Cooking Books -> Condiments
Secrets of Saffron: The Vagabond Life of the Worlds Most Seductive Spice
Published: May 1901
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The world's most precious spice, saffron has been part of mankind's diet--and medical kit--for millennia. Celebrating this fact, and exploring the spice's fascinating journey from the courts of ancient Crete to the American saffron trade and
beyond, Secrets of Saffron offers culinary history in the most interesting way: through great storytelling and compelling personal reminiscence. In prose both refined and direct, Pat Willard tells readers about the ancient gift of the autumn-flowering
purple crocus, still gathered by hand from the fields of Iran, Greece, Italy, southern France, and Spain. She also provides ancient and modern recipes featuring saffron--a small collection including a remarkably fragrant Andalusian chicken dish, Saffron
Crème BrÛlée Pie, and "remedies" like An Excellent Syrup Against Melancholy, one of a number of pharmacological treasures.
Though relatively commonplace, saffron remains exotic. Through its history it has comforted (sometimes literally, as a
curative) common people (who have often had to gather it) while helping to make Cleopatra alluring; tantalized the highborn in the gardens of Persia; healed Alexander the Great; and driven the crusaders to battle. Ward recounts all this, exploring
saffron as world commodity and private passion, finally bringing readers to her own hand-nutured saffron garden in Brooklyn. "One morning," she writes, "the [crocus] blossoms began to unfurl. I gave a yelp, and ran for an old plant saucer, and then I
began to pick...." The narrative circle completed, there remains little more for the author to do except to provide readers with a short guide to buying and using saffron, a worthwhile addition. This delightful book should be in the library of everyone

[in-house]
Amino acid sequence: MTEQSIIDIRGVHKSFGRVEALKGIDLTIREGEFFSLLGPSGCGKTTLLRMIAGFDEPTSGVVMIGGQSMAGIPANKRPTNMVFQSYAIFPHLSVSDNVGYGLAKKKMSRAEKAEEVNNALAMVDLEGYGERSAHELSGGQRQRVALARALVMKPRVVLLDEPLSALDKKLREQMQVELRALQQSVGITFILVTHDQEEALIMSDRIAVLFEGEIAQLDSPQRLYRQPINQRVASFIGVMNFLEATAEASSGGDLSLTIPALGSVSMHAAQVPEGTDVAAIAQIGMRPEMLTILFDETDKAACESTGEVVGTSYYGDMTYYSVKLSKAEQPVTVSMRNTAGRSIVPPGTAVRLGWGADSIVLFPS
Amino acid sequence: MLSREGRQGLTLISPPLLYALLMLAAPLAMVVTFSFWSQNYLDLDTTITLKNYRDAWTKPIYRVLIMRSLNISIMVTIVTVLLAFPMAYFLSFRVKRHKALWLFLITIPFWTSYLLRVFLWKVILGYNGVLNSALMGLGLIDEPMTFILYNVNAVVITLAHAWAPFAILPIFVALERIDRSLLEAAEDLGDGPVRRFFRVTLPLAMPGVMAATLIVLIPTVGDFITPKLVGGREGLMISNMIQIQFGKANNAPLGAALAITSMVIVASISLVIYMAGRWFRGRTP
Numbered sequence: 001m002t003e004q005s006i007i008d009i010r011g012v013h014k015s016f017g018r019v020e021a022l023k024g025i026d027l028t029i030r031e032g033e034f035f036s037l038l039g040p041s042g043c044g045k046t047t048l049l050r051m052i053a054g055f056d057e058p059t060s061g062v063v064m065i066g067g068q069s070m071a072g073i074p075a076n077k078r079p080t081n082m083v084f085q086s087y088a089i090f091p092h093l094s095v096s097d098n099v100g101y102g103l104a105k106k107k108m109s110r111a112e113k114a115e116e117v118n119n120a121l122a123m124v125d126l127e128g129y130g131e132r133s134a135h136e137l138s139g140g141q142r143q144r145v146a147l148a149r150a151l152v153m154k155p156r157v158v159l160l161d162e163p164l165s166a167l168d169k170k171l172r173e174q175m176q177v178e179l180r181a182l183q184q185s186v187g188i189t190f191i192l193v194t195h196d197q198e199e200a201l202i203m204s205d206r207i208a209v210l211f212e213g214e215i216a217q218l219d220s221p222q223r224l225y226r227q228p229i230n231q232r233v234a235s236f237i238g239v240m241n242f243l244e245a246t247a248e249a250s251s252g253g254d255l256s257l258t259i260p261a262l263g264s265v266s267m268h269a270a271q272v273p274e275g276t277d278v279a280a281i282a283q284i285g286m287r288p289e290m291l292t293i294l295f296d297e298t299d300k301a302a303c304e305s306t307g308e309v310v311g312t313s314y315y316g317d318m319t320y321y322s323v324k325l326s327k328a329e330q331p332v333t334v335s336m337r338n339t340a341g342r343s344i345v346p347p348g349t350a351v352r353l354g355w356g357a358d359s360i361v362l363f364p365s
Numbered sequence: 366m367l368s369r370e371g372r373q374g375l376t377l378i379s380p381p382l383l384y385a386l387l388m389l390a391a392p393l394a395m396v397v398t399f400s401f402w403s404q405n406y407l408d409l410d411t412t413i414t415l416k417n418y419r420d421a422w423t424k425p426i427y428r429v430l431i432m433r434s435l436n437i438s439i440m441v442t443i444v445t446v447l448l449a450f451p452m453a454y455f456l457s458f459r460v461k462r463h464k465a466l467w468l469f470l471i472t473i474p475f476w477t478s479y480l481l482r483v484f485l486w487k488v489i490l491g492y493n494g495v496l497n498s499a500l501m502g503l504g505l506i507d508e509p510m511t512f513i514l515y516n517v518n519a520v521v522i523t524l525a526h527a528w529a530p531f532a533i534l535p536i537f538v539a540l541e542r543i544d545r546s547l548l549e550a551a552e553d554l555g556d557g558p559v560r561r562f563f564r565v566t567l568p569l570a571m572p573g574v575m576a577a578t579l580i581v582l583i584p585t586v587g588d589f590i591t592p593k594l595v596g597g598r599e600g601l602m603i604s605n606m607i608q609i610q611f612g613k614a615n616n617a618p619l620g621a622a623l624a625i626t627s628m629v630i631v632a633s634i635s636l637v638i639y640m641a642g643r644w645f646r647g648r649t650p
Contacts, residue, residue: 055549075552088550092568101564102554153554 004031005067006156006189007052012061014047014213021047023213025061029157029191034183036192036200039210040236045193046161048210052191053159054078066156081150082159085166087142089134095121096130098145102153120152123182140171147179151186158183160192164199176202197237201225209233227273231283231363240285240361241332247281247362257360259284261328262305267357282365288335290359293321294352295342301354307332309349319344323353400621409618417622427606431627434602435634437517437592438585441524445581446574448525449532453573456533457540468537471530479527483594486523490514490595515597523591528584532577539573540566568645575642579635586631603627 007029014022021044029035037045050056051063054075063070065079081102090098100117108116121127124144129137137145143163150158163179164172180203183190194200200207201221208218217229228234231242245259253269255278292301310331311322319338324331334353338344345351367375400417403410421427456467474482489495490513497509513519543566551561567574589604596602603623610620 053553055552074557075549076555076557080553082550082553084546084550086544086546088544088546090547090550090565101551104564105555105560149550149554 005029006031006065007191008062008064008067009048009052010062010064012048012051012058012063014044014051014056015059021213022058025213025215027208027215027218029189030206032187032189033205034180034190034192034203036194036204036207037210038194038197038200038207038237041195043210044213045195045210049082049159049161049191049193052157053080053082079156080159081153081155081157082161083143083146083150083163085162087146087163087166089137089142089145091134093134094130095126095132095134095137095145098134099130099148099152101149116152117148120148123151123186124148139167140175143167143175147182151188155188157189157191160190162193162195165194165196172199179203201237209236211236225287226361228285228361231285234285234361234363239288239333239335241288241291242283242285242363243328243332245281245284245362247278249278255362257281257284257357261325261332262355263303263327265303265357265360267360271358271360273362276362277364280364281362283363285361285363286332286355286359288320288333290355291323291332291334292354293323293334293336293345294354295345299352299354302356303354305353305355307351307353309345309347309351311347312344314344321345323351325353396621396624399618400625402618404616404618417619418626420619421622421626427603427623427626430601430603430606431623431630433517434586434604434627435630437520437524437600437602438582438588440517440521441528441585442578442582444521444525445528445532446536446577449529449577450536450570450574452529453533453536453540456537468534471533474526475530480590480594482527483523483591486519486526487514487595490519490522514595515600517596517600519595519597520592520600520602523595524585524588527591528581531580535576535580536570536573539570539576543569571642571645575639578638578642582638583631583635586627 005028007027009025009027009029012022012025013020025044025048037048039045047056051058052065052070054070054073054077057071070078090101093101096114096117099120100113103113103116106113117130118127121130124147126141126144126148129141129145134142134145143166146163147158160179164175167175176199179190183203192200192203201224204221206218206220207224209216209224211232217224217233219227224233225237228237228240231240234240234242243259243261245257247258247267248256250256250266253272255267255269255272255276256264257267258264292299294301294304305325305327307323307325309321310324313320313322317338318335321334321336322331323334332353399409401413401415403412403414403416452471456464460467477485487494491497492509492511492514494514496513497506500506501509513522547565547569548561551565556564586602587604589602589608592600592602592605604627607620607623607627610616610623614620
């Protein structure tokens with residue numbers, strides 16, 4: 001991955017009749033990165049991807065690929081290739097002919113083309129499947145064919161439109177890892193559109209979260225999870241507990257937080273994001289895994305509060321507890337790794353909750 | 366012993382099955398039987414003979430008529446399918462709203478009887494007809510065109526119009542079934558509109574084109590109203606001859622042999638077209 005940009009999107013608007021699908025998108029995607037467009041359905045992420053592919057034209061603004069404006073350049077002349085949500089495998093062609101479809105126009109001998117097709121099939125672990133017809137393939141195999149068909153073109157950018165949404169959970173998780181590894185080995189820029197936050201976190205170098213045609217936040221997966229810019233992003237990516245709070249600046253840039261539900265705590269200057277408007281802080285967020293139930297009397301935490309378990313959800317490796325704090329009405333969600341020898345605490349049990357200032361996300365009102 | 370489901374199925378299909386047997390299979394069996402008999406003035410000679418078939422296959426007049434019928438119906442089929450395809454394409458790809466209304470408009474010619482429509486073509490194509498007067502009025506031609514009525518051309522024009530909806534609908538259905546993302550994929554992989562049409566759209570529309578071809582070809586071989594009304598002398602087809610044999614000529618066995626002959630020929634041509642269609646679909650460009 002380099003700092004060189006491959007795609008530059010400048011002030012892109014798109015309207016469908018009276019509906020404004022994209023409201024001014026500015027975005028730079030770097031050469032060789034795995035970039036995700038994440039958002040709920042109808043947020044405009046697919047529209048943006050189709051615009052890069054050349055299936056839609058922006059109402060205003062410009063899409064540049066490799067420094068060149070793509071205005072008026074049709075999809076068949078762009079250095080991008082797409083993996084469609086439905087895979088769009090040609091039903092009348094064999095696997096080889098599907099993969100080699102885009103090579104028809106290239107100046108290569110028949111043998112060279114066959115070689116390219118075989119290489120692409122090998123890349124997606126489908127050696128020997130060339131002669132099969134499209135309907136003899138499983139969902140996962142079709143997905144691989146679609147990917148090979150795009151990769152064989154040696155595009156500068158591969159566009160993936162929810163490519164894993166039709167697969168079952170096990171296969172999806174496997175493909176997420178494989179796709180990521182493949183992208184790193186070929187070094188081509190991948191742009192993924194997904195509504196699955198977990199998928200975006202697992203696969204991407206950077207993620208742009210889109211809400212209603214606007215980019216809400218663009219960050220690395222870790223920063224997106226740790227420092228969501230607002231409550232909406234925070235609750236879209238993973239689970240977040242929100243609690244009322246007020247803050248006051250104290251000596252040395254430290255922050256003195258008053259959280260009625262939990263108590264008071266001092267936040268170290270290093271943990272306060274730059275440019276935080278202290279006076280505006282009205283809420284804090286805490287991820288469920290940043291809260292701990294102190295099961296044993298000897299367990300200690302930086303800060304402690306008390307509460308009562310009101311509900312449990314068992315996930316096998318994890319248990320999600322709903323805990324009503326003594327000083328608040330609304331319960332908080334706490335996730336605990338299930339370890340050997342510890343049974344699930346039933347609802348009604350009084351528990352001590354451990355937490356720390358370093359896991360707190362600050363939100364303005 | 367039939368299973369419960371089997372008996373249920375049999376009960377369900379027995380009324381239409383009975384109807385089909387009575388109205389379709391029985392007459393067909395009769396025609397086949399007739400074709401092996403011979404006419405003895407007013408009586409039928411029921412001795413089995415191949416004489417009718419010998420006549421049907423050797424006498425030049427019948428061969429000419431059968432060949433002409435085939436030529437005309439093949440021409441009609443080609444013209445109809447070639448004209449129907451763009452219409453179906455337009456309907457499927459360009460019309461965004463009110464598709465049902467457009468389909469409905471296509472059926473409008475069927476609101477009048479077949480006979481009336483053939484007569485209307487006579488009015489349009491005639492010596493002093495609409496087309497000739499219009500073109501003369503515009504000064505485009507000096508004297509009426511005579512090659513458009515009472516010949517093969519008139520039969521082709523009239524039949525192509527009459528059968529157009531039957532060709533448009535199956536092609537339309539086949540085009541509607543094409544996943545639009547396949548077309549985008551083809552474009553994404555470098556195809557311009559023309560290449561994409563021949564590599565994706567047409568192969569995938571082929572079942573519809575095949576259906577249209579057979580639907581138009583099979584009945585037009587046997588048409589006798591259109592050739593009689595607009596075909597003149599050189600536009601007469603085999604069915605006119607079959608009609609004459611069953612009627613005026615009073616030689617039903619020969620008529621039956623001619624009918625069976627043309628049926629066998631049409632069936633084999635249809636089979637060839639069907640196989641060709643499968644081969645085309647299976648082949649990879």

interested in food and its almost unfathomable impact on human history. --Arthur Boehm
From Publishers Weekly
In Secrets of Saffron: The Vagabond Life of the World's Most Seductive Spice, Pat Willard (Pie Every Day; A Soothing Broth) weaves an
exotic, mysterious narrative about the 2,000-year history of saffron based on fact, legend and the devices of her own imagination. Whether used by Cleopatra to make herself more desirable or by the Amish in Pennsylvania Dutch country to add zest to their
everyday dishes, saffron's medicinal and flavorful charms have been found irresistible by people the world... read more
There are few words as evocative as saffron. Over thousands of years it has perfumed the halls of Crete's
palaces, made Cleopatra more alluring, and driven crusaders and German peasants to their deaths. While spices that drove adventurers to the ends of the earth, such as cinnamon, mace, and ginger, have become commonplace, saffron remains tantalizingly
exotic. Nothing more than the dried stamens of the autumn-flowering purple crocus, it might as well be fairy dust. Resistant to modern horticultural technology, the fragile blossoms must still be gathered by hand from the ancient fields of Iran, Greece,
Italy, southern France, and Spain.
Secrets of Saffron is the story of this extravagant rover. Guided with wit and assurance by acclaimed food writer Pat Willard, we roam the rich landscapes of history and personal memory. We dine in the heavenly
gardens of Persia; bathe with Alexander the Great; are served golden swans at the medieval court of France. With Willard's help, we also discover the quiet comforts of saffron, from soups that have eased illness to pies that defy death, until we arrive
at last in the present day at a small garden in Brooklyn.
Told in sumptuous prose, complete with fabulous ancient and modern recipes—including a Moorish wedding feast, a luscious creme brulee, and a balm for an aching heart—Secrets of
Saffron will awaken in you a voracious desire for the private pleasures of this most precious spice.
"I am impressed by Pat Willard's singleminded devotion to one of my favorite subjects. I have been under saffron's spell for some time and it is
an integral ingredient in my cooking. I love the romance of its noble and complicated history,
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